Pressure injuries have a profound effect on sufferers and those around them – including caregivers and whānau. Caring for people with pressure injuries presents a significant challenge, understanding the background to these injuries can shed light on our current understanding today. This article aims to look at a brief history of the understanding and evolution of pressure injuries as we know them today.
Looking at the history of pressure injuries, the oldest term was “decubitus”, originally described as gangraena per decubitum in 1777 which meant “dead tissue due to lying down” (PPPIA, 2019). The term bedsore was documented by Florence Nightingale in 1859¹. This became more widely used after the publication of a book called Bedsore Biomechanics – which in turn led to the first conference on pressure injuries in 1975¹. In Europe the term pressure ulcer is widely used, however, in New Zealand, Australia, South-East Asia, and America the term pressure injury is used¹.
However, what is a pressure injury? According to the EPUAP (European Pressure Ulcer Advisory Panel) the definition of a pressure injury is; “a localized injury to the skin and/or underlying tissue, usually over a bony prominence, resulting from sustained pressure (including pressure associated with shear)” ¹.
When there is bony prominence the pressure on the skin can causes ischemia – the primary aggravator. Ischemia is when there is a restriction of blood flow to certain parts of the body, the pressure of the external force (in this case a bed or surface) on the bony part of the body causes this. The restricted blood flow results in a shortage of oxygen that is vital to cellular metabolism. Cellular metabolism is what is needed to help keep the skin tissue alive¹.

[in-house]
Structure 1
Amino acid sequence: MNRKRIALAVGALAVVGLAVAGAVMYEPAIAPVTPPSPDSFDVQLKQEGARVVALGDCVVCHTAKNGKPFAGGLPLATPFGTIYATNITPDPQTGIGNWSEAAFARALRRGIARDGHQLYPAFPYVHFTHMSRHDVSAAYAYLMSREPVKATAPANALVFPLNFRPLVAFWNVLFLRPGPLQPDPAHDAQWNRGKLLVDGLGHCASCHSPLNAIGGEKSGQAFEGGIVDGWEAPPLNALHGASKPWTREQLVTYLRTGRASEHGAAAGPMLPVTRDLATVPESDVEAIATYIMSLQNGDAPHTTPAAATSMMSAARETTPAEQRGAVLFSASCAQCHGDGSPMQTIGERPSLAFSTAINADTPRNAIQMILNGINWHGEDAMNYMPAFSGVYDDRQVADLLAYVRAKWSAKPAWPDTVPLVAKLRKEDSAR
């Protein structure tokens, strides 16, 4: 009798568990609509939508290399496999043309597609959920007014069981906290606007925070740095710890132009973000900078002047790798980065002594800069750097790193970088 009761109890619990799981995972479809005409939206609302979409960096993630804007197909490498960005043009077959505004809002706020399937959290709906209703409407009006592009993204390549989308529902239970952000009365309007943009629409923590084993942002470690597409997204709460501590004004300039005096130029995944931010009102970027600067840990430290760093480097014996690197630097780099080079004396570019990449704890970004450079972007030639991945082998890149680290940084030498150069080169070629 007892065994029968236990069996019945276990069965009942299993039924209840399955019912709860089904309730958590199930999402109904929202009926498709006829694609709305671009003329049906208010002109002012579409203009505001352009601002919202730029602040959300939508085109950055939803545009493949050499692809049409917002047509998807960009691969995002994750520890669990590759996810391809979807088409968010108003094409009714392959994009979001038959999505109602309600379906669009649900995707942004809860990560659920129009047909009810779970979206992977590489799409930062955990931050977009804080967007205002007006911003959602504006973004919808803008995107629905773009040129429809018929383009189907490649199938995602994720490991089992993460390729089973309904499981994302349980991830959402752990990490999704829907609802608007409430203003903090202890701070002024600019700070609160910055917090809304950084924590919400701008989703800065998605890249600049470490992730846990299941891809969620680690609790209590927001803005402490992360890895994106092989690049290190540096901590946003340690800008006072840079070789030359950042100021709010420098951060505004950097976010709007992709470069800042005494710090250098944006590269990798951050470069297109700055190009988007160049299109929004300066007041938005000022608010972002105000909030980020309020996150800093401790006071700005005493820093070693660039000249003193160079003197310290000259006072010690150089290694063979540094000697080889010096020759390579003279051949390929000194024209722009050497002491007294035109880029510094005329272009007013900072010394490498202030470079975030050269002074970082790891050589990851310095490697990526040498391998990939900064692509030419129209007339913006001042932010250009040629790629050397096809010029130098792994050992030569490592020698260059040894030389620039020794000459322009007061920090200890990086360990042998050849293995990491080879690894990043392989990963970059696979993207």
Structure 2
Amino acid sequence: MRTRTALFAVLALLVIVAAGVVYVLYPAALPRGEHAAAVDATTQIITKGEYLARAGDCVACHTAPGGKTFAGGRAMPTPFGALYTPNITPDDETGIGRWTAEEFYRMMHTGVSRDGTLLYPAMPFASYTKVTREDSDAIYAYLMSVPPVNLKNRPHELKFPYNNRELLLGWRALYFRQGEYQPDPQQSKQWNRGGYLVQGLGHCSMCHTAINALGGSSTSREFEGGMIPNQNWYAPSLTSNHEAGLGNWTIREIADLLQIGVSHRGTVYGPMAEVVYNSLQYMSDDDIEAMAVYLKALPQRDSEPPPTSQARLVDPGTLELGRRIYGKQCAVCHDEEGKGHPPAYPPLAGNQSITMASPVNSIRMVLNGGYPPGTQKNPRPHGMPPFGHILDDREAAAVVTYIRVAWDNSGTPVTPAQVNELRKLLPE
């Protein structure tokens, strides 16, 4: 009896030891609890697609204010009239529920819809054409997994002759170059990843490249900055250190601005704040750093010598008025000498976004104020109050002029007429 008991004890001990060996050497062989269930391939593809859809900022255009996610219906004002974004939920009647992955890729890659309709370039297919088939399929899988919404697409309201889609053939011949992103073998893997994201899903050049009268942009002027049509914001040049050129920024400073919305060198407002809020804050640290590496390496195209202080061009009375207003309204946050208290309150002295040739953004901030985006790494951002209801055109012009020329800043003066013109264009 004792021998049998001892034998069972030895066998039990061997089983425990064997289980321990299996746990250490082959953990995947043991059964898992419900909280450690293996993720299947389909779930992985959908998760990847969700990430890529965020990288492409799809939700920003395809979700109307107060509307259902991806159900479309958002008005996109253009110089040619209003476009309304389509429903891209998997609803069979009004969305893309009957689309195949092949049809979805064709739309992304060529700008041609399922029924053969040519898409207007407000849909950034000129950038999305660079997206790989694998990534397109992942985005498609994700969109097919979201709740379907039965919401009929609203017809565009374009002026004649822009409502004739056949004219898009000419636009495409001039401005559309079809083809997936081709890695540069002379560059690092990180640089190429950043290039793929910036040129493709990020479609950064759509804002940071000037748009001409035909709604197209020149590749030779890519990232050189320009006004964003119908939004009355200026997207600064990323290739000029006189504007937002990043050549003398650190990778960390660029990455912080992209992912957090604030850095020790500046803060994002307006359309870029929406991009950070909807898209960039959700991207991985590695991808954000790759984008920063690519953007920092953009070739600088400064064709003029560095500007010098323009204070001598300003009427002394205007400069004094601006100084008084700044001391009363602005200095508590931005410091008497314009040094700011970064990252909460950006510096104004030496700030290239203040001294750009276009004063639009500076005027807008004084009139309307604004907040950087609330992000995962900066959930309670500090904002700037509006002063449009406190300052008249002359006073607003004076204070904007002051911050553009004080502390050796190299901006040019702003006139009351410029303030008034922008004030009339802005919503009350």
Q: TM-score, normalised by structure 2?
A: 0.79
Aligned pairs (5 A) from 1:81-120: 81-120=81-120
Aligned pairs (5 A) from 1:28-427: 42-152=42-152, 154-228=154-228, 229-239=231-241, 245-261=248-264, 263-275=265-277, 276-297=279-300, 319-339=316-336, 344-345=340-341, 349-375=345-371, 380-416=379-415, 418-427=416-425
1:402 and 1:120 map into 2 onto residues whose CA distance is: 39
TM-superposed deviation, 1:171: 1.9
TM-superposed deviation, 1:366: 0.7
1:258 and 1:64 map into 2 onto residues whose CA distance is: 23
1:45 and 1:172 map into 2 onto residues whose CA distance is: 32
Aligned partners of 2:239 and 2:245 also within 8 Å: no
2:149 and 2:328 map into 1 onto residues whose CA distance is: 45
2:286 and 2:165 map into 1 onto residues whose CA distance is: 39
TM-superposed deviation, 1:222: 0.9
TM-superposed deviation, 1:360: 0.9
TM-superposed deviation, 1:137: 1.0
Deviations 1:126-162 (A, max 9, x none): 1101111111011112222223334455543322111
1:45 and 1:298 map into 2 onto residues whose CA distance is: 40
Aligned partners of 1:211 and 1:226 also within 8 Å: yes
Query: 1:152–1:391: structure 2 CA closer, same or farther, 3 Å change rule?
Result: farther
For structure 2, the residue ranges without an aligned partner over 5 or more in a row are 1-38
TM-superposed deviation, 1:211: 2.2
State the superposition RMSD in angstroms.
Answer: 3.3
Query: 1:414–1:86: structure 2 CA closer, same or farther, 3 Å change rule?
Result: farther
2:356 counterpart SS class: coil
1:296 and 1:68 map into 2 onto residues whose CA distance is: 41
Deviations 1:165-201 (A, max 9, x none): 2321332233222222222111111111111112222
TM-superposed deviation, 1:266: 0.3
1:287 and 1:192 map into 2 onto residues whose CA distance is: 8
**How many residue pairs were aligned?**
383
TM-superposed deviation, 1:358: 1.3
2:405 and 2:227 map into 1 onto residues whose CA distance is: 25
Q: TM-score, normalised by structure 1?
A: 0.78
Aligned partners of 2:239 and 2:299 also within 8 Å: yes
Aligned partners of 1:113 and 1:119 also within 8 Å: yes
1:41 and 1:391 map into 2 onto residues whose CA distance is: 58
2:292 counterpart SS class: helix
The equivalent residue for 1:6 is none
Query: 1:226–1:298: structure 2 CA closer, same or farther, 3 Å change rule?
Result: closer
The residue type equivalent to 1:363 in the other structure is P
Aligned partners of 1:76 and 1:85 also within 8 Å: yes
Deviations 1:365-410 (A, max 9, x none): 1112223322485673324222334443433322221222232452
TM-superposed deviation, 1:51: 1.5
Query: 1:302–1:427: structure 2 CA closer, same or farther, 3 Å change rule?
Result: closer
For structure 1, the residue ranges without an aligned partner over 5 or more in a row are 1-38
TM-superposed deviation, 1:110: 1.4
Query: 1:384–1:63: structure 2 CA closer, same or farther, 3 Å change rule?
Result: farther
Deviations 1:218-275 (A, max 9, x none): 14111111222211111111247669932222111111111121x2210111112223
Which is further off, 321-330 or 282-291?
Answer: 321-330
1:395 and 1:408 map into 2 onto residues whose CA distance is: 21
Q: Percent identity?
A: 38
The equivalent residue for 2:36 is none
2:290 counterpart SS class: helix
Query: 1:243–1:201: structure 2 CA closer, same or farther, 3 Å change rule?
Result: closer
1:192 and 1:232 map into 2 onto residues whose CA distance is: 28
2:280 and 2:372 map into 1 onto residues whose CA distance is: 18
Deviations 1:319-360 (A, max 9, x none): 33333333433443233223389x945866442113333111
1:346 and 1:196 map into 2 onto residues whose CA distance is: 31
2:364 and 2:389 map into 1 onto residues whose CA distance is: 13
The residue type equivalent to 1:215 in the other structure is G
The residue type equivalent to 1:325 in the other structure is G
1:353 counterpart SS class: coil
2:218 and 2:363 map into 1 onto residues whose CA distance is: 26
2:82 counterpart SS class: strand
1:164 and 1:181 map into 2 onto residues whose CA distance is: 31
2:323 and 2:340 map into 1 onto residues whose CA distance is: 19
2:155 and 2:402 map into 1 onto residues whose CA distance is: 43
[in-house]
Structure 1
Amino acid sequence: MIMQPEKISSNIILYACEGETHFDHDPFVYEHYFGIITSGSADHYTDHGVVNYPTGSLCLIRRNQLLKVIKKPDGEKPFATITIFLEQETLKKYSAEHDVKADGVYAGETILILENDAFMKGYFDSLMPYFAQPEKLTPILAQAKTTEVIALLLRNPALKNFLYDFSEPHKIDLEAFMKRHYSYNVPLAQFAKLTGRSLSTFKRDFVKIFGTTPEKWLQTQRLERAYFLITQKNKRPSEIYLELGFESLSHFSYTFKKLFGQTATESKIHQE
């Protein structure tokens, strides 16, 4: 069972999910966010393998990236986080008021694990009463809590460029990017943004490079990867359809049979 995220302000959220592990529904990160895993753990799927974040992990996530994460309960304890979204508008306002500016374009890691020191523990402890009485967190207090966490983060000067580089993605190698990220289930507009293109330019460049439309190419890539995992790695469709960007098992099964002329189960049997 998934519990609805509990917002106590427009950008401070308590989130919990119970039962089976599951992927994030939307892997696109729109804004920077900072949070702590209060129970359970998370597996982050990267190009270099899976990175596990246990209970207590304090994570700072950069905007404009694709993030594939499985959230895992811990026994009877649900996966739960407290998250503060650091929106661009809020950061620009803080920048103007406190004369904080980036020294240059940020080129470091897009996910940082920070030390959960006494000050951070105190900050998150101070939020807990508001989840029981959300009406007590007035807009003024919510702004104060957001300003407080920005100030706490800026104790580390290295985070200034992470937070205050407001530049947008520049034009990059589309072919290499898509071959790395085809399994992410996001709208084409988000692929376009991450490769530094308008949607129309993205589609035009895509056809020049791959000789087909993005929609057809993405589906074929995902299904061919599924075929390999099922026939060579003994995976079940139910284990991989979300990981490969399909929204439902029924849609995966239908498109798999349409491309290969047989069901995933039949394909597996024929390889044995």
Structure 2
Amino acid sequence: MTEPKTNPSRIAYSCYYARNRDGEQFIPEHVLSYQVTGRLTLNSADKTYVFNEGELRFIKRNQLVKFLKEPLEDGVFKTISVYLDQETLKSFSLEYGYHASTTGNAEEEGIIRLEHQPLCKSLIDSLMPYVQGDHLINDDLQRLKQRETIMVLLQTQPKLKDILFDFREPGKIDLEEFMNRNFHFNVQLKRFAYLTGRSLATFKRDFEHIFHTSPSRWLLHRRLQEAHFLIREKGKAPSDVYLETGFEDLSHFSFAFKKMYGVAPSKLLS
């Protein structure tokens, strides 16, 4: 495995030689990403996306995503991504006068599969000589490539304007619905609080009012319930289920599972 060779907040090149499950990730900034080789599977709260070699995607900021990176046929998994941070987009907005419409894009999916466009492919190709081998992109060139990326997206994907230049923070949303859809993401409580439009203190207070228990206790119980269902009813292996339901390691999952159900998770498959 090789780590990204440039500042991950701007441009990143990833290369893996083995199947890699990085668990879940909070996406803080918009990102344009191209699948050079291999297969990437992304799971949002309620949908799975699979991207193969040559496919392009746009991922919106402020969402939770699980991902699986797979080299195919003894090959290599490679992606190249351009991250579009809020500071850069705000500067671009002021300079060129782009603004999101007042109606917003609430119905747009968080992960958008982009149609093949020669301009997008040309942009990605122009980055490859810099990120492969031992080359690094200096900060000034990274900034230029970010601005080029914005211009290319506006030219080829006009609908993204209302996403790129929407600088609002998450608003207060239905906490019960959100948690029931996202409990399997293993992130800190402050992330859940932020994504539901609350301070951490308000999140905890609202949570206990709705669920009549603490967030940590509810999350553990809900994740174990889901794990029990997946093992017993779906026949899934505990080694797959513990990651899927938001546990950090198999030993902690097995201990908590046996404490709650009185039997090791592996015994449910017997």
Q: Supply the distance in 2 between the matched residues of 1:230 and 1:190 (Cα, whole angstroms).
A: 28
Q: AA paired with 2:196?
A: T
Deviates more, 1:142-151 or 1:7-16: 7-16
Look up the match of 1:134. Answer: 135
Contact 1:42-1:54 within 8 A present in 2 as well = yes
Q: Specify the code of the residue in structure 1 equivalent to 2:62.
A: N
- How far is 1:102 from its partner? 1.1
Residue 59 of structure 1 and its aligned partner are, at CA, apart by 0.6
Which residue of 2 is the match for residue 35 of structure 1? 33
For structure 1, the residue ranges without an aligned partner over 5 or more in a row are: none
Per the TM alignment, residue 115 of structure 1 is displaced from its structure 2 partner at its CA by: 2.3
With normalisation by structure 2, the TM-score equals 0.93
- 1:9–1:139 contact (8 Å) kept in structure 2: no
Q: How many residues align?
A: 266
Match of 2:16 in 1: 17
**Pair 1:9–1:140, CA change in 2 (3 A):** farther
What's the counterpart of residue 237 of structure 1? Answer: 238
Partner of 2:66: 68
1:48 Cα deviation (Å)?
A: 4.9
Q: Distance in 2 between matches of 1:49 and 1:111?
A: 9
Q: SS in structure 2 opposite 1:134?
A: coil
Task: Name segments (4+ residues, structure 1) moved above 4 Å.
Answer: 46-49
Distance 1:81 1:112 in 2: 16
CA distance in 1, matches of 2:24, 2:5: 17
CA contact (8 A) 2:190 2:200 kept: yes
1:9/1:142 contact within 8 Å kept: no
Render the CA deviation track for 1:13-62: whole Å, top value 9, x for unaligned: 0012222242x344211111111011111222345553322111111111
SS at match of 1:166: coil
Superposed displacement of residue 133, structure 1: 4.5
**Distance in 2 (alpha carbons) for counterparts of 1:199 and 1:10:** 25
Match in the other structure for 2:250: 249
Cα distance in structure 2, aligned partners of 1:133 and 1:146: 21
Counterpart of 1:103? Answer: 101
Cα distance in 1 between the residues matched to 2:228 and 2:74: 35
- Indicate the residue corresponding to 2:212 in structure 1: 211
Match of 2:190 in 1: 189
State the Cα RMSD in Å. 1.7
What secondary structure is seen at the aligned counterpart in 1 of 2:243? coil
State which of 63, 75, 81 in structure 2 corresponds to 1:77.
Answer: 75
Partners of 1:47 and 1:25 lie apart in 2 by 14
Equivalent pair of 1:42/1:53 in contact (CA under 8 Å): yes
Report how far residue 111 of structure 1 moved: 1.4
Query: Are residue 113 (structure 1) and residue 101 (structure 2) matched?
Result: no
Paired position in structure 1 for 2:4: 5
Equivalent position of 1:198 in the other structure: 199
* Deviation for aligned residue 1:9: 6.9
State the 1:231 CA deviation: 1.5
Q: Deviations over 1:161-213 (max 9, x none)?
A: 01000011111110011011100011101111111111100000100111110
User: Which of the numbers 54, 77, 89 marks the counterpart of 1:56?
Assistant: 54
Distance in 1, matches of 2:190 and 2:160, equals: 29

Another factor that causes a pressure injury is when there is skin cell deformation¹. The tissue is damaged only when the threshold for deformation is exceeded. This causes the cytoskeleton to break down, which is the structure that keeps the cells together. Cell death can occur rapidly and the breakdown of these cells can occur within minutes. This is opposed to Ischemia deprivation which occurs a lot slower.
Once a pressure injury has been developed it is categorized in four different stages². The first is Category one, the intact skin with non-blanchable redness of a localized area usually over a bony prominence. Other signs of the area such as discolouration, oedema, warmer or cooler as compared to adjacent tissue may also indicate pressure injury. (Category 1 may be difficult to detect in individuals with dark skin tones. May indicate “at risk“ persons). Category 2 is Damage to the epidermis and/or dermis. The injury is superficial and may be visible as a blister on or an abrasion of the skin. Category 3 Involves damage to the full thickness of the skin and includes injury to, or necrosis of, the subcutaneous tissue layer, and may extend down to but not through the underlying fascia. Category 4 is Deep tissue damage, necrosis or damage to the muscle, bone or connective tissue with wound cavitations.
Pressure Injury prevention can be done by using specific relieving pressure care products such as air alternating mattresses, special cushions, turning schedules, good nutrition and staying hydrated². Active Healthcare is holding a Webinar titled Preventing and Treating Pressure Injuries: Best Practice Surface Selection. Join us on 29 March to learn about three of our leading mattress solutions.
¹ EPUAP/NPIAP/PPPIA, 2019, Prevention and Treatment of Pressure Ulcers/Injuries: Clinical Practice Guideline. https://www.internationalguideline.com/guideline
² Care of Sweden, 2022, Pressure Ulcers. https://www.careofsweden.com/pressure-ulcers/